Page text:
Wednesday, May 20, 2020

Wednesday's Random Not-Quite-Slang O-rama: 1800s telephone etiquette

Taking a little different tack on today's posting with a peek into recent research and my findings and frustrations.

What do you say when you greet someone over the phone? It's probably some version of "Hello." I'm betting it's not "Ahoy!" However, if Alexander Graham Bell had had his way, that might indeed be what you'd holler down the (wireless) line....

Ring-a-ding-ding, 19th century-style.
Image by Momentmal from Pixabay

One recent night as the midnight hour struck, I became a little over-obsessed over how phone calls were handled in the 19th century. (Late at night is never a good time for me to get obsessed.) I stumbled upon an NPR article explaining that whereas Bell preferred the term Ahoy! as a telephonic greeting, Thomas Edison preferred Hello! (We know who won that tug-of-war.) This passage also caught my late-night attention:
... [T]he first phone book ever published, by the District Telephone Company of New Haven, Connecticut, in 1878 (with 50 subscribers listed) told users to begin their conversations with "a firm and cheery 'hulloa.'"
I knew there was a telephone exchange in Leadville, Colorado, in 1879, thanks to Leadville silver baron Horace Tabor. (In fact, there's a wonderful article in Colorado Magazine, dated 1928, talking about the early years of telephone, right here.) And San Francisco apparently had its first telephone directory in 1878. 

Wouldn't it be wonderful, thinks I, if I could find a digital copy of that early San Francisco phone book and read their instructions on telephone etiquette and how to use a telephone??

The minutes ticked by as I buzzed around the internet, looking for such a directory. Alas, all I could dig up was a version that had been typed up from the original in 1952. This transcribed version only included names and addresses and the cryptic note: 
Names preceded by stars are connected with the CENTRAL OFFICE SYSTEM and can be switched into private connection with each other.
I finally uncovered a text version of the 1893 San Francisco Telephone Directory, which although much later in time than my 1882 setting, includes this fascinating information on page 2:
"HERE'S 64."  
At least half the time consumed in every telephone connection, is used in ascertaining who is talking at each end. If subscribers will adopt the following style, they will be surprised at the saving of time and annoyance to themselves 
Suppose Smith's Telephone number is 741 and he desires to converse with Jones, whose telephone number is 64. 
FIRST: Smith calls Central Office and says: "741 wants 64" and waits, with telephone at his ear. SECOND: Central Office rings Jones' Bell.
THIRD: Jones rings his bell once in reply and without waiting further, says, "here's 64, Mr. Jones;"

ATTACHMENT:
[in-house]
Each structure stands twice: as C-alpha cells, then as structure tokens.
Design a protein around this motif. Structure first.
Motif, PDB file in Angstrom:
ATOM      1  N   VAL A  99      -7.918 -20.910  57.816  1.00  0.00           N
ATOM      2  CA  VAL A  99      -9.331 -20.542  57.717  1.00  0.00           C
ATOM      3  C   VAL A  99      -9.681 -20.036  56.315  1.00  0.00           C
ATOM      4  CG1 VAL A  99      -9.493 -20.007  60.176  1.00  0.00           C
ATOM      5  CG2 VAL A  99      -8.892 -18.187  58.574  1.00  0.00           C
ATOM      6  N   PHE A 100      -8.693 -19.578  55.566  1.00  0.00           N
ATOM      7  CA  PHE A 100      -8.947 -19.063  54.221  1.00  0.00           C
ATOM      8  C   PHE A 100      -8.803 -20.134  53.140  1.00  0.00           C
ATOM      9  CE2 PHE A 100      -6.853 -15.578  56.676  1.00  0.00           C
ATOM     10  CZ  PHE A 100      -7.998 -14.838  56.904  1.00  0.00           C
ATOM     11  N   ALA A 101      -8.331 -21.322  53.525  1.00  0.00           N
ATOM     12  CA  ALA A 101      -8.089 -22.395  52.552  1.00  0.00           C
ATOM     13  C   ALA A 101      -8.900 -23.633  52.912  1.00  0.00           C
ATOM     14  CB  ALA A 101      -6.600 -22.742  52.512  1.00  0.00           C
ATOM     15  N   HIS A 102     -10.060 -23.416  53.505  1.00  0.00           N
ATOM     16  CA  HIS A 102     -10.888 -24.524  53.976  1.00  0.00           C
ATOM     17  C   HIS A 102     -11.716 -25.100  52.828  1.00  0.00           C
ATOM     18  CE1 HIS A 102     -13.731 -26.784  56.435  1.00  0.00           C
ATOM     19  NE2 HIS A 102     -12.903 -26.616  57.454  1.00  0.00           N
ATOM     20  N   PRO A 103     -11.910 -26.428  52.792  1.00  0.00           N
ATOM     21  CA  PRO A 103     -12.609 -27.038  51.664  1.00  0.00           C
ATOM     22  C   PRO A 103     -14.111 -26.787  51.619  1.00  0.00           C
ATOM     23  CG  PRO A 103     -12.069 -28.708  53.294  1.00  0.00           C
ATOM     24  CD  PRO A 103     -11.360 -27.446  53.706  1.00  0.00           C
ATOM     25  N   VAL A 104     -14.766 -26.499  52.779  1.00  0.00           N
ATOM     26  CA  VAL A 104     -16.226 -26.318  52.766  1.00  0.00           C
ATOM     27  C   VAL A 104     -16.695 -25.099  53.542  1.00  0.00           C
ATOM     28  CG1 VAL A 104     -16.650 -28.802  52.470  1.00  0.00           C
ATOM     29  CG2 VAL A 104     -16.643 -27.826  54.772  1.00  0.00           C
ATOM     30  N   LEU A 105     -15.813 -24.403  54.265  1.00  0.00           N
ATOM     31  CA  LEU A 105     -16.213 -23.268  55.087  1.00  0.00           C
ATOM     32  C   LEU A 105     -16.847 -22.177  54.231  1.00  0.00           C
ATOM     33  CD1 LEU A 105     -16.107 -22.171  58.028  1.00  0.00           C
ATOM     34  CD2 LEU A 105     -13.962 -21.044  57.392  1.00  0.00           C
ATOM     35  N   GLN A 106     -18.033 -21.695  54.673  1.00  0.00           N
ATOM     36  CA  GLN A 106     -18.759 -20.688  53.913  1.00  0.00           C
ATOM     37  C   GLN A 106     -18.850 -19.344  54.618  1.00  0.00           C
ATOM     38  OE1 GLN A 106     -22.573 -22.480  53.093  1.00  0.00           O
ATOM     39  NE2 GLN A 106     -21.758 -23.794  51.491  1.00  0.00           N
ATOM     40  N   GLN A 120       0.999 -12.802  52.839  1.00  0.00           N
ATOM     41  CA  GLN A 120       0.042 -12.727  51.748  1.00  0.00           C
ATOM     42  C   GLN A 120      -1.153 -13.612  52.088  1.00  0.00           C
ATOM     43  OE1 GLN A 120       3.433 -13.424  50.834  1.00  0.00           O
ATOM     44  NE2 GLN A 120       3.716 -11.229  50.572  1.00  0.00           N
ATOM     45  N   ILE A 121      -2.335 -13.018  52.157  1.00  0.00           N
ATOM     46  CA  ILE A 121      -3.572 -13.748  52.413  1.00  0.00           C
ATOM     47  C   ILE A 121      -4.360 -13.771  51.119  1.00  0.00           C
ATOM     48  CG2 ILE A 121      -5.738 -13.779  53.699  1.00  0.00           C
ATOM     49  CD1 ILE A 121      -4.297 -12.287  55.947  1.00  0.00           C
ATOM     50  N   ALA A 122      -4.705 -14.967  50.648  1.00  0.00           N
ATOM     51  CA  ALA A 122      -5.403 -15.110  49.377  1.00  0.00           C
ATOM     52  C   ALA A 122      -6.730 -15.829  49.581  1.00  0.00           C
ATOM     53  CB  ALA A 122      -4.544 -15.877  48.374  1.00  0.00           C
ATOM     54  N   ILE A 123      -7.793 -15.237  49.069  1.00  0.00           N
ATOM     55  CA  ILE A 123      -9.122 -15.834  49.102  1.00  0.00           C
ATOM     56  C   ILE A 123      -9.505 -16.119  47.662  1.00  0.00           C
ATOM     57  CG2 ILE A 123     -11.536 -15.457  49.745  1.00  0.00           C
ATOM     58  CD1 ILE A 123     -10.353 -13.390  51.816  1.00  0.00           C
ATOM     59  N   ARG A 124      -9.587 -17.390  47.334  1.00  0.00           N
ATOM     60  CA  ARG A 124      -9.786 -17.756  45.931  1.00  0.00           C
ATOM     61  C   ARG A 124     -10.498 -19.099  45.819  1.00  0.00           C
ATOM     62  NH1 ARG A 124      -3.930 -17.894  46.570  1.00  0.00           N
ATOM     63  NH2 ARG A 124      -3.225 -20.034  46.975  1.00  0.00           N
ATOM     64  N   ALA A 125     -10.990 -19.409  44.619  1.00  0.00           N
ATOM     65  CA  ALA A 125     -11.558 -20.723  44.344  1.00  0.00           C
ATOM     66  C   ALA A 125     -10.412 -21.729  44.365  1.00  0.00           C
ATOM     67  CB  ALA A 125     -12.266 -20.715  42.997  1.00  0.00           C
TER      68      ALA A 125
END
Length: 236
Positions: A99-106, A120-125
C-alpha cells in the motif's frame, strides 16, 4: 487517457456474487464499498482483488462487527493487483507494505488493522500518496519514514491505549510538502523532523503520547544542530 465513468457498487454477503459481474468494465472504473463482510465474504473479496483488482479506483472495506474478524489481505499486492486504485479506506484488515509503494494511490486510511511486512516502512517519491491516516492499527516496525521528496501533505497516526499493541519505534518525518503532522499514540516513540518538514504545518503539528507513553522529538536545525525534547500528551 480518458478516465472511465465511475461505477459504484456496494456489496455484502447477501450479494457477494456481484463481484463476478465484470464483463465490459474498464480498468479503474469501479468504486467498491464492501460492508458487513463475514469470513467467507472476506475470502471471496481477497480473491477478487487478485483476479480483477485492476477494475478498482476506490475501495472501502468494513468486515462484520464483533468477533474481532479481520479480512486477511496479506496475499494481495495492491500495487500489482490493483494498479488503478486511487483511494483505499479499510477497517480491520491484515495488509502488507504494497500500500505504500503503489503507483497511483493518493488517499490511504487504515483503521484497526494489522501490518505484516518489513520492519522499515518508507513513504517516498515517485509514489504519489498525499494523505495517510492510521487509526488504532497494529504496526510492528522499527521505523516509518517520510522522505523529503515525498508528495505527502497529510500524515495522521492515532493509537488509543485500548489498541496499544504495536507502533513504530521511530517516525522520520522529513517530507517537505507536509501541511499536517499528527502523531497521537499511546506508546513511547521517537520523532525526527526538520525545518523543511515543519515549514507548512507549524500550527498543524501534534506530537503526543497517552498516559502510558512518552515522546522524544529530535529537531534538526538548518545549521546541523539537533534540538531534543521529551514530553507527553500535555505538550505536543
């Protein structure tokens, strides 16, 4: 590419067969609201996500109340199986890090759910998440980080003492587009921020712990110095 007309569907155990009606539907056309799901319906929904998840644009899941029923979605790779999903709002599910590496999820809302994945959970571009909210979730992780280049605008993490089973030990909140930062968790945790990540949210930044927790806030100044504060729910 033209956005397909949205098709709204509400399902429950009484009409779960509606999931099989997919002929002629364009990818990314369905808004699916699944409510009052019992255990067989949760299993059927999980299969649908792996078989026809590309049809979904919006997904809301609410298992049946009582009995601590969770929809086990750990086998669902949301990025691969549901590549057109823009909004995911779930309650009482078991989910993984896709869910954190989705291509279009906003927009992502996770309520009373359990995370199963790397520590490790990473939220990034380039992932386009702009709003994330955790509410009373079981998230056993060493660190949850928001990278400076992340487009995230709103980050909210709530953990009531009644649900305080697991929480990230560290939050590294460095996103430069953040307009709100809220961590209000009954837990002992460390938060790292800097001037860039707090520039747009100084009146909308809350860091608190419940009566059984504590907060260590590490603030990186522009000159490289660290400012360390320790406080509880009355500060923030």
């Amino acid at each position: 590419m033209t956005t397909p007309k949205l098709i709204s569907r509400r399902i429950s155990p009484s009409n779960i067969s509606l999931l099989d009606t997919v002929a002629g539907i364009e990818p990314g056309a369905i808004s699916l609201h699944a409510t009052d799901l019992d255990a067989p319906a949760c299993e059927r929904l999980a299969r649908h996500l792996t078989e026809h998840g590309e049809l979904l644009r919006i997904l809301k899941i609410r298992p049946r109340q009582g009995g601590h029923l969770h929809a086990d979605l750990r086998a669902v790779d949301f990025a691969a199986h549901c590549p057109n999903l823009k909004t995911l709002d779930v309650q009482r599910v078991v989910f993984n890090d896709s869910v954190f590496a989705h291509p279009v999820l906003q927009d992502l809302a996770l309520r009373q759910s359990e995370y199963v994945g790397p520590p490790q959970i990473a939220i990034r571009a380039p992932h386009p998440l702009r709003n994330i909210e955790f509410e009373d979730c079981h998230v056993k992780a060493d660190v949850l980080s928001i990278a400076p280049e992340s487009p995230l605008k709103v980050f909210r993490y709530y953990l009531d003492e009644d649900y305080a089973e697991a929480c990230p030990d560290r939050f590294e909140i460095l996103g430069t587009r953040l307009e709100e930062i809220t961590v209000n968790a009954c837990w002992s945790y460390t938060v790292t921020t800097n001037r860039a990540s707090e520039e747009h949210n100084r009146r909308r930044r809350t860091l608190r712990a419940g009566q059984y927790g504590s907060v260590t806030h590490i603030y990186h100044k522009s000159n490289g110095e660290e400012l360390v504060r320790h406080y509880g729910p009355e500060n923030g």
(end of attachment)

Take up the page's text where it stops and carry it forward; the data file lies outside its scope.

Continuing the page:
FOURTH: Smith then says, "this is Mr. Smith," and proceeds with his conversation.
The lines connecting San Francisco with the interior towns are owned by the SUNSET TELEPHONE AND TELEGRAPH CO. If subscribers will kindly observe the following Instructions, they will receive quicker and more satisfying service:
1.--When you wish to connect with any interior town, call the local Exchange as usual.

2.--Operator: "What is it, please?"

2.--Subscriber: "Sunset room."
(Central office then connects the Sunset room and--)
3.--Operator: "Here's the Sunset;"

3.--Subscriber: "Give me No. 42 Oakland;"

4.--Operator: "Who is talking, please?"

4.--Subscriber: "Mr. Jones."

5.--Operator: "Whom shall we ask for, please?'

5.--Subscriber: (The subscriber will now name the person with whom he particularly desires to converse, or tell the operator to call up "Anybody".)

Then hang up your telephone: your order is now fully understood and when we ring your bell again, we will have Mr. Brown at Oakland, he will know it is Mr. Jones at telephone No. 46, San Francisco wants him, and both will be saved a lot of preliminary "hello,"  "Is that Mr. Jones," "Who are you," etc., etc.
There it is, in the very last paragraph: the word "hello."

Of course, this is from 1893, and since my current work-in-progress has a bit of a nautical flavor, you can bet your bottom dollar I'm going to find a way to slip in an "Ahoy!" here and there.

I also have a little more direction as to what might be said and heard as my protagonist Inez  Stannert attempts to eavesdrop on a telephone conversation in the next room in 1882 San Francisco....
"Ahoy there, sailor...."
Les bienfaits du téléphone Abeillé, Jack , Dessinateur Entre 1904 et 1912 20e siècle Petit Palais, musée des Beaux-arts de la Ville de Paris PPD4790 CC0


Liz V. said...

Unfortunately, not digital but NYC library has a collection of directories

And will send through GR, an etiquette book, if I can find again. Along lines of "Hello Central"

Gloria Bostic said...

Fascinating! And now my phone announces who's calling before I even answer it. ;)

Ann Parker said...

Hi Liz! Thank you! I will go check out GR. What a week... it just slid right by me. I hope you are having a nice weekend!

Ann Parker said...

Hello Gloria!
Quite amazing the changes that have occurred in telephonic technology, right? :-)